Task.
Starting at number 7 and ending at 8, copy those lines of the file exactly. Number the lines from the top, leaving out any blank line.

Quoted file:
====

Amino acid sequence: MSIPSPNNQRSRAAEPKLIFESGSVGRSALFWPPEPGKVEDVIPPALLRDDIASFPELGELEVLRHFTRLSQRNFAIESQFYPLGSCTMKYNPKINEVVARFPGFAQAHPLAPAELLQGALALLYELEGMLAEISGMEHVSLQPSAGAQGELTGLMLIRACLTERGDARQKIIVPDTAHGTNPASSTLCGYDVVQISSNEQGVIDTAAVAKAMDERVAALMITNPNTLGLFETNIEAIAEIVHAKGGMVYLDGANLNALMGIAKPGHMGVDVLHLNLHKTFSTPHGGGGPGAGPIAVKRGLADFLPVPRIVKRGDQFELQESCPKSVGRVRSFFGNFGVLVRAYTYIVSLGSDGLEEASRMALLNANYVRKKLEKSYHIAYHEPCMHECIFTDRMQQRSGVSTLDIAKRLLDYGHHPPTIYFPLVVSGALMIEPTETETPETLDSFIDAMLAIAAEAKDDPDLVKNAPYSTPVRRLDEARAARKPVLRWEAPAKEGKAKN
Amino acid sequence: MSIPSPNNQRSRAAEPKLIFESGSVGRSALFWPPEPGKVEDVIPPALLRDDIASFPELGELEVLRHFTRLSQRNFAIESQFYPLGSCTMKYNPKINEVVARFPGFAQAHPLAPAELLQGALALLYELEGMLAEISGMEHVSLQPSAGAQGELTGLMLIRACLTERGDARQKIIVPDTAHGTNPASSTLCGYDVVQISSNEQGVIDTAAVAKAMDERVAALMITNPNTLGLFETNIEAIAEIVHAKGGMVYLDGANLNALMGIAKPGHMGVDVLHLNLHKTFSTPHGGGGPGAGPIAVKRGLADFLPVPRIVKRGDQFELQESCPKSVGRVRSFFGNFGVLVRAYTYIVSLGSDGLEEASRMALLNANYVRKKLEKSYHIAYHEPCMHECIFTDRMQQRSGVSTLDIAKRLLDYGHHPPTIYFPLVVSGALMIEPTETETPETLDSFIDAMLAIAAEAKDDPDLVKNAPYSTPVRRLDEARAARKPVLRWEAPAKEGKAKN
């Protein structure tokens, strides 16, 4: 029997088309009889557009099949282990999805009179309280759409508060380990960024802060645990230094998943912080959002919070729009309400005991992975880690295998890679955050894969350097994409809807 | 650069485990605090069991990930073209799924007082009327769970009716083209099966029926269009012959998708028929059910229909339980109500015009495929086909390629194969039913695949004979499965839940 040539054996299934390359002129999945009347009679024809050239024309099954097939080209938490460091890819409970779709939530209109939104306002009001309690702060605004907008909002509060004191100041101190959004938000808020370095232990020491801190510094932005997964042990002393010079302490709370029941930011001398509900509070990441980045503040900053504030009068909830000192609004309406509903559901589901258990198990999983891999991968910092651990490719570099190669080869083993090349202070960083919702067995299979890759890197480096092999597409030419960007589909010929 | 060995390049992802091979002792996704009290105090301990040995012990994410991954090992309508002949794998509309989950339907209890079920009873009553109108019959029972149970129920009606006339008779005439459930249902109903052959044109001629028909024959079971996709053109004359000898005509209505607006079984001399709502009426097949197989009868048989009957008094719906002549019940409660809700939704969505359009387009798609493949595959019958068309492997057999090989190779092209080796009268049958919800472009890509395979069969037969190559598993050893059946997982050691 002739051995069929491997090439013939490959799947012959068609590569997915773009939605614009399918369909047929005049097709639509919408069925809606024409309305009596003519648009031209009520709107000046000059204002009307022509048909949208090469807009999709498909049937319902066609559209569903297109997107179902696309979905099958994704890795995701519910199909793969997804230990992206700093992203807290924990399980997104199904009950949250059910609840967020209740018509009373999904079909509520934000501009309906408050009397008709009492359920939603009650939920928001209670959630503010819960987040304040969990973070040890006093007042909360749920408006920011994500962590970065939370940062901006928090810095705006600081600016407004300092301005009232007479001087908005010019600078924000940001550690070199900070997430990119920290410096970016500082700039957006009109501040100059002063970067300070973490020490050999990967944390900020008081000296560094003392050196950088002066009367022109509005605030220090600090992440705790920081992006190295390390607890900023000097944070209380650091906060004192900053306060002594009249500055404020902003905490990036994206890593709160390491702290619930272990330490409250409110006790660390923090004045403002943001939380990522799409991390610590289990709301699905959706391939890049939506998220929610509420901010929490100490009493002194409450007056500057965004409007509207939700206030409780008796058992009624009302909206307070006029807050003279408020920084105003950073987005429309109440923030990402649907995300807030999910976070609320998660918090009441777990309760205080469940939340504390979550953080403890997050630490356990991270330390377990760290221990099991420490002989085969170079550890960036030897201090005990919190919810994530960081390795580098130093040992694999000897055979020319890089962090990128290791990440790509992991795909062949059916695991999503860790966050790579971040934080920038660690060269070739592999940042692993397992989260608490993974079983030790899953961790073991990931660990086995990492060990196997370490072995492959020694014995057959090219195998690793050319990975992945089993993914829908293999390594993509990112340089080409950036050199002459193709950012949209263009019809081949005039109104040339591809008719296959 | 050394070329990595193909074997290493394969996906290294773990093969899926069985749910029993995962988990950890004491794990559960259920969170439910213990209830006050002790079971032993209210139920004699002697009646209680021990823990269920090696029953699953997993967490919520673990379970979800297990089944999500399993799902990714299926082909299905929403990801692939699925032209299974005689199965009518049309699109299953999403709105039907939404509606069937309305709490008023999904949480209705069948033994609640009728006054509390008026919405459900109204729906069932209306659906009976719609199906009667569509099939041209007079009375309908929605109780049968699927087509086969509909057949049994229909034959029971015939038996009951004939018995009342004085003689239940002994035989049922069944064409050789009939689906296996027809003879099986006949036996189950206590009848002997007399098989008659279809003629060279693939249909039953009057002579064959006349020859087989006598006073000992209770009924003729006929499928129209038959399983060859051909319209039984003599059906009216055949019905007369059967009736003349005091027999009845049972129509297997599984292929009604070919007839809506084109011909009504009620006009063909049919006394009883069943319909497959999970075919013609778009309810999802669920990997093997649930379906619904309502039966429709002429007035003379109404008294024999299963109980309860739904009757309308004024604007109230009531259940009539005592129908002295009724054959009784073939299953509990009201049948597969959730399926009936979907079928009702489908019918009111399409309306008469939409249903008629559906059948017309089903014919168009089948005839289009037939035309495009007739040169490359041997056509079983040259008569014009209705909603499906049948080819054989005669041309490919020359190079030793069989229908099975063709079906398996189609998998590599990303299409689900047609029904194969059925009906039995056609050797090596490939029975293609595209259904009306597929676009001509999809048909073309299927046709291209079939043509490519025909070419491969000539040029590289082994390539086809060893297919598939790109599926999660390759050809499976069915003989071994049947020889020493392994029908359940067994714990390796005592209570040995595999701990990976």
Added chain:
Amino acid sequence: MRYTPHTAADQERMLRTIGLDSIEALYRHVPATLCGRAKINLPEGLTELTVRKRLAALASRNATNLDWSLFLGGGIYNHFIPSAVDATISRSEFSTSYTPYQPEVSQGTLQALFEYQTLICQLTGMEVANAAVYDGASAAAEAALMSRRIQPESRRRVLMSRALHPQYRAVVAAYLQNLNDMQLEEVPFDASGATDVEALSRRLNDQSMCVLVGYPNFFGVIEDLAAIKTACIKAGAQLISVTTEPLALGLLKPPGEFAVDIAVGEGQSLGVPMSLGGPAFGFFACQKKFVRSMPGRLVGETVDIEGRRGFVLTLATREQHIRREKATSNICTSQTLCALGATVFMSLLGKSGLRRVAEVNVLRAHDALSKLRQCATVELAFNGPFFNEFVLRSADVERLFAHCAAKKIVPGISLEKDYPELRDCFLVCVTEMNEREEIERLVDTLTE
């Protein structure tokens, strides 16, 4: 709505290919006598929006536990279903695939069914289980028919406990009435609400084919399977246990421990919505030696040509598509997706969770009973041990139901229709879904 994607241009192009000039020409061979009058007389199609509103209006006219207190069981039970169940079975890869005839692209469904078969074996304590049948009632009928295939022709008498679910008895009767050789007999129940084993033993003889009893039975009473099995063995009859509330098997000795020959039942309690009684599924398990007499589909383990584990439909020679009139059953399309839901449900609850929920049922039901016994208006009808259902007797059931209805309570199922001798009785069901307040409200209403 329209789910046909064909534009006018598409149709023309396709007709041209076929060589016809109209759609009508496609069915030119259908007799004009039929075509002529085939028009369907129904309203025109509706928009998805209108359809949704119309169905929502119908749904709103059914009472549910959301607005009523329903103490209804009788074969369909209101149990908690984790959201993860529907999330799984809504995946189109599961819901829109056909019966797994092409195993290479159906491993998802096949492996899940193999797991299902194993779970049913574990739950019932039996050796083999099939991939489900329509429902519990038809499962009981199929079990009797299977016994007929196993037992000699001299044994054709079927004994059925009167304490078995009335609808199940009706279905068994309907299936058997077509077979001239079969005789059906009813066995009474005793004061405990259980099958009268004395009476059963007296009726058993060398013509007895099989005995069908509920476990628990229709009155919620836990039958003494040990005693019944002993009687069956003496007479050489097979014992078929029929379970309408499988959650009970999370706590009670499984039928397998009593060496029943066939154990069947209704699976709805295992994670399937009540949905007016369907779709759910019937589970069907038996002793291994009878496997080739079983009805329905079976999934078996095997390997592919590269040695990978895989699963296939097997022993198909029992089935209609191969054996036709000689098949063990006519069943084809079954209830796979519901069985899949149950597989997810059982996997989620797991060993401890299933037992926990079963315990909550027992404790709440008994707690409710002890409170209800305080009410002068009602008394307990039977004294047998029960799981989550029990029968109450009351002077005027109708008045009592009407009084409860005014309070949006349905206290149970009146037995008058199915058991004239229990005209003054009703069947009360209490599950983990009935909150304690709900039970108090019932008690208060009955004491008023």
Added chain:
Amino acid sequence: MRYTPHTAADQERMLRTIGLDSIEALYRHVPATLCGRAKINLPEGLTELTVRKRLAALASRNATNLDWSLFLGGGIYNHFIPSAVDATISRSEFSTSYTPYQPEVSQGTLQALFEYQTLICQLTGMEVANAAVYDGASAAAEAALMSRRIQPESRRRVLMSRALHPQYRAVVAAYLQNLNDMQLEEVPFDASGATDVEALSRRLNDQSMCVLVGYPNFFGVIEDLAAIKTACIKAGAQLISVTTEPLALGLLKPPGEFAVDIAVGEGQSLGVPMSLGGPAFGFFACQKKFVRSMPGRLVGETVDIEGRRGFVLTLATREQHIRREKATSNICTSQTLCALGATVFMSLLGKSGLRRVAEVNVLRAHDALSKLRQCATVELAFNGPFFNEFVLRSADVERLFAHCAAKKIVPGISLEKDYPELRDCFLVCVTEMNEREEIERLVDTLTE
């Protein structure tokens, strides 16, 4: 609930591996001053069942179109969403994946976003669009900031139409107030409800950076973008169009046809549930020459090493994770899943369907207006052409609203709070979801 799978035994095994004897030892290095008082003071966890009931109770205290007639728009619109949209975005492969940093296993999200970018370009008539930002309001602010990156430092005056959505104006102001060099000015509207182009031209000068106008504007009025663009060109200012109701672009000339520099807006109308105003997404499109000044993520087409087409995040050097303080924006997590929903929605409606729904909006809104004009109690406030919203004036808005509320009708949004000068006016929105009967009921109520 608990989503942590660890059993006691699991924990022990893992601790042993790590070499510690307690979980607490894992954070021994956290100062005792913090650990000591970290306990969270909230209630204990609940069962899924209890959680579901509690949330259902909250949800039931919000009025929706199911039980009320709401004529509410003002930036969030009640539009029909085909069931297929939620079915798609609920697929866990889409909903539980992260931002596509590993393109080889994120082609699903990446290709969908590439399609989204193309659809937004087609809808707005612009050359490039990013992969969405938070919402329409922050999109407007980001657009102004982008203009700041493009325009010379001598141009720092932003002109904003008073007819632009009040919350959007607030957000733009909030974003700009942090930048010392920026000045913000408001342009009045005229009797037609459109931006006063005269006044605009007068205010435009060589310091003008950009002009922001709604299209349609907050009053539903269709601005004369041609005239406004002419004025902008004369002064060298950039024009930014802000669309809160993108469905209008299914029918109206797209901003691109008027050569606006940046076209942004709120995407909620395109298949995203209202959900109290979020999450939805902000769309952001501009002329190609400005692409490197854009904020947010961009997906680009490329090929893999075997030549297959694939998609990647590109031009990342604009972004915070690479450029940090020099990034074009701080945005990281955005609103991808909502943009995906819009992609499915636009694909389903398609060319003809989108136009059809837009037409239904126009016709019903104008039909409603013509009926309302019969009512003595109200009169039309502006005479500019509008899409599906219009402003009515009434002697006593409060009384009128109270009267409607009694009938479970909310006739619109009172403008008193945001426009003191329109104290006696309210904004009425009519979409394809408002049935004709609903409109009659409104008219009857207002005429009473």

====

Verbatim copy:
Added chain:
Amino acid sequence: MRYTPHTAADQERMLRTIGLDSIEALYRHVPATLCGRAKINLPEGLTELTVRKRLAALASRNATNLDWSLFLGGGIYNHFIPSAVDATISRSEFSTSYTPYQPEVSQGTLQALFEYQTLICQLTGMEVANAAVYDGASAAAEAALMSRRIQPESRRRVLMSRALHPQYRAVVAAYLQNLNDMQLEEVPFDASGATDVEALSRRLNDQSMCVLVGYPNFFGVIEDLAAIKTACIKAGAQLISVTTEPLALGLLKPPGEFAVDIAVGEGQSLGVPMSLGGPAFGFFACQKKFVRSMPGRLVGETVDIEGRRGFVLTLATREQHIRREKATSNICTSQTLCALGATVFMSLLGKSGLRRVAEVNVLRAHDALSKLRQCATVELAFNGPFFNEFVLRSADVERLFAHCAAKKIVPGISLEKDYPELRDCFLVCVTEMNEREEIERLVDTLTE